If you read enough articles or watch your fair share of YouTube videos, you will soon realise that a never-ending stream of money could easily flow from your bank account should you let it.
It soon adds up, and before you know it, if you are not careful, you could easily spend a few thousand £££ without genuinely being aware of it. That being said, some initial outlay may save you a pretty penny. Still, you need to focus on what is important to you and your specific needs, worrying about the fancy accessories only when and if it turns out they will be helpful.
What extra costs do you need to consider?
Unfortunately, there is no getting away from this one. If you want to drive your camper legally, you need to take out insurance. There are varying levels of insurance policies available, and it is always good to shop around but be mindful that if you only take out a 3rd party, fire, and theft policy, you can’t later claim for an accident.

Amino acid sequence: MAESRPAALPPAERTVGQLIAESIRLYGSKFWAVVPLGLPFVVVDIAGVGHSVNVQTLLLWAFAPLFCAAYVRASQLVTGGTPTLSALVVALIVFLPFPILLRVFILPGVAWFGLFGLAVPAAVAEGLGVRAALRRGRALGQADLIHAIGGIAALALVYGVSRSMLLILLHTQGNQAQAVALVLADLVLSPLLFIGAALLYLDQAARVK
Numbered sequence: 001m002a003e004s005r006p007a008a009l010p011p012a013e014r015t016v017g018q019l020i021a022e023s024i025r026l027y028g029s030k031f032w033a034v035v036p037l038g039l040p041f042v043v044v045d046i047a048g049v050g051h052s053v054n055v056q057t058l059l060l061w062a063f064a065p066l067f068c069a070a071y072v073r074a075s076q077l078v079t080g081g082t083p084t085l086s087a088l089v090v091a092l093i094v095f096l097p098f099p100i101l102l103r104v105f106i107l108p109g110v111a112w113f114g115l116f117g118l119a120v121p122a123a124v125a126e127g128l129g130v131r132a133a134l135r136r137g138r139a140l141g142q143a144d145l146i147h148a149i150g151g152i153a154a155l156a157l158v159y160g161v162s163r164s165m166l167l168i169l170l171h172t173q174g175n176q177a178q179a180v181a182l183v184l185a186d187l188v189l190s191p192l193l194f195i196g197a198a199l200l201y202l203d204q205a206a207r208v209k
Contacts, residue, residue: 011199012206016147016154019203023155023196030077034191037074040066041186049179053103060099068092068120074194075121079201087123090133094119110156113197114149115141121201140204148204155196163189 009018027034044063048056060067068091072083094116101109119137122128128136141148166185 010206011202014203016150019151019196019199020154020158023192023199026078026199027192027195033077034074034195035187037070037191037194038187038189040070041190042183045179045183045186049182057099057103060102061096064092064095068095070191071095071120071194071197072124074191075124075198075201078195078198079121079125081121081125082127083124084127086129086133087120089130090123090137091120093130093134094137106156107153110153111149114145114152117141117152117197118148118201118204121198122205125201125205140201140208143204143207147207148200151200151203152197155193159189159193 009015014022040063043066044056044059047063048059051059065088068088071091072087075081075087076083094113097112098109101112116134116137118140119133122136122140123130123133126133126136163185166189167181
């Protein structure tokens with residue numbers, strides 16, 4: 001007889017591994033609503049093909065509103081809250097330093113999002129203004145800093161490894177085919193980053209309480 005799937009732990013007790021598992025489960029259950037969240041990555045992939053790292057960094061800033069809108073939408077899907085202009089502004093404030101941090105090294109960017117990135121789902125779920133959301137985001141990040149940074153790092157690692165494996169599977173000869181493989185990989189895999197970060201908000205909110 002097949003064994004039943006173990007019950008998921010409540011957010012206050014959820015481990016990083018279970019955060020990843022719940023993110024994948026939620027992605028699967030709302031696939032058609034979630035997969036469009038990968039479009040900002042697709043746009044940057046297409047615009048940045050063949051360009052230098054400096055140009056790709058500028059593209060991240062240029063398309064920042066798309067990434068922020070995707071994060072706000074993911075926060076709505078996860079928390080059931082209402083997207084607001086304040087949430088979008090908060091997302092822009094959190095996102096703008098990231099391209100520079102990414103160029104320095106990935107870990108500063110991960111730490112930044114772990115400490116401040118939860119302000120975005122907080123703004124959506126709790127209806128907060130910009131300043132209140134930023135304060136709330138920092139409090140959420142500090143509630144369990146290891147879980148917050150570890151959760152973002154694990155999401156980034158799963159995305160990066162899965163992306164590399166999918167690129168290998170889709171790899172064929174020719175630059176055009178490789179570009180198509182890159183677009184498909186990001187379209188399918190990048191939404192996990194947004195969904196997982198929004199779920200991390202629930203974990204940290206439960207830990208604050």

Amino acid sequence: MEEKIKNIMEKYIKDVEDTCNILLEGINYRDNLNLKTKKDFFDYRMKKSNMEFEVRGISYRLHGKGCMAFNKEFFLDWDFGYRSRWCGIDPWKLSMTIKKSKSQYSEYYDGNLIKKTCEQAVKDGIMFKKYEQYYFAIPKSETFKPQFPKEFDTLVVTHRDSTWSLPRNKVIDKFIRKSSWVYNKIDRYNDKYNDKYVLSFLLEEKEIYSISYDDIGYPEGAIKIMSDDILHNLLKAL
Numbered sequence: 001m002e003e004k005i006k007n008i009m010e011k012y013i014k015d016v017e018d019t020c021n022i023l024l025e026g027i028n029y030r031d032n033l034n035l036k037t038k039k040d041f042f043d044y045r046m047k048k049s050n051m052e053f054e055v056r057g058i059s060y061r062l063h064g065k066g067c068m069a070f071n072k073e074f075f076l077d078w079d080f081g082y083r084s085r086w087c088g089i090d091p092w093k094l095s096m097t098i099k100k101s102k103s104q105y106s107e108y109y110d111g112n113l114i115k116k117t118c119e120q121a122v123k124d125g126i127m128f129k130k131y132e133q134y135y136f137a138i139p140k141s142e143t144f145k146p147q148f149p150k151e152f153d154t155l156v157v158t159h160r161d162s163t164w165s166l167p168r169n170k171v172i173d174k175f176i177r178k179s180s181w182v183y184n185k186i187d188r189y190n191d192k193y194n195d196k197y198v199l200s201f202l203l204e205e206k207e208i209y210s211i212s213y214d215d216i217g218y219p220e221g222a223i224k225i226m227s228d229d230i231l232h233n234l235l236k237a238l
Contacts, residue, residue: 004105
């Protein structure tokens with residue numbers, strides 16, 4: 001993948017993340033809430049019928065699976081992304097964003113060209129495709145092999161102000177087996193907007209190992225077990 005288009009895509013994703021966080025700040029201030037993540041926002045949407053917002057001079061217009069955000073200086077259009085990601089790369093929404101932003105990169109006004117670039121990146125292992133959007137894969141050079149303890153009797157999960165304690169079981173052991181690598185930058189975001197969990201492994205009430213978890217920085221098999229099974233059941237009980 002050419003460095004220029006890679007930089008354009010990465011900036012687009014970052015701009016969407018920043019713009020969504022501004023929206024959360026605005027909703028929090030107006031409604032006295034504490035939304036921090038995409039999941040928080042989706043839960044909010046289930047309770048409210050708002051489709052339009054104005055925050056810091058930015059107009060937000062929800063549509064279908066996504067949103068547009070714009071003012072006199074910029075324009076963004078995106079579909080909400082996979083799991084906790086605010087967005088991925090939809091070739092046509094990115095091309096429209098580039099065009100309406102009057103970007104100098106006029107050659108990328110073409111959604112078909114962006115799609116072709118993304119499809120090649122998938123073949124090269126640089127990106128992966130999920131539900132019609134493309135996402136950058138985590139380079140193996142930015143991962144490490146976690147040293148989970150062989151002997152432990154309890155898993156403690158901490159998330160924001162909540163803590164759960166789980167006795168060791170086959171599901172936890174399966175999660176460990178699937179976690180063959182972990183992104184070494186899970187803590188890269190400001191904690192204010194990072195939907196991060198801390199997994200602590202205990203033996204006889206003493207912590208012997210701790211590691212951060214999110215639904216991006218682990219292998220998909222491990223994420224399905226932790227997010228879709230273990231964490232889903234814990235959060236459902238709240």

Likewise, it is also essential to check the small print. Unlike car insurance policies insurers tend to ask a little more of you when covering your home-on-wheels and therefore make sure you read the full T&C before signing. Yes, it may be a chore, but it could mean the difference between making a successful claim or being turned down.
Likewise, if you are based in the UK, you will also need to factor in the cost of road tax each year.
#2 Breakdown Cover
You might like to fly by the seat of your pants and believe that you will never be that person standing on the side of a road waiting for the recovery vehicle; however, do you really want to tempt fate?
Once again, there are varying packages, with some offering minimal support. In contrast, others provide roadside assistance, onward travel, accommodation, car hire if needed, and much more.
Just imagine being stranded at the side of the road with no cover and nowhere to spend the night. Is it worth skimping on this one?
Don’t think you need it? List to this podcast episode from Tania and Adam (Jits into the Sunset)
#3 A Habitation Check
What is a habitation check?
Simply put, this is an MOT on the living area of your campervan or motorhome. Officially garages have to follow a standard checklist to help identify problems such as dampness or anything relating to the electrics, gas, water, or ventilation and check the windows and your door security.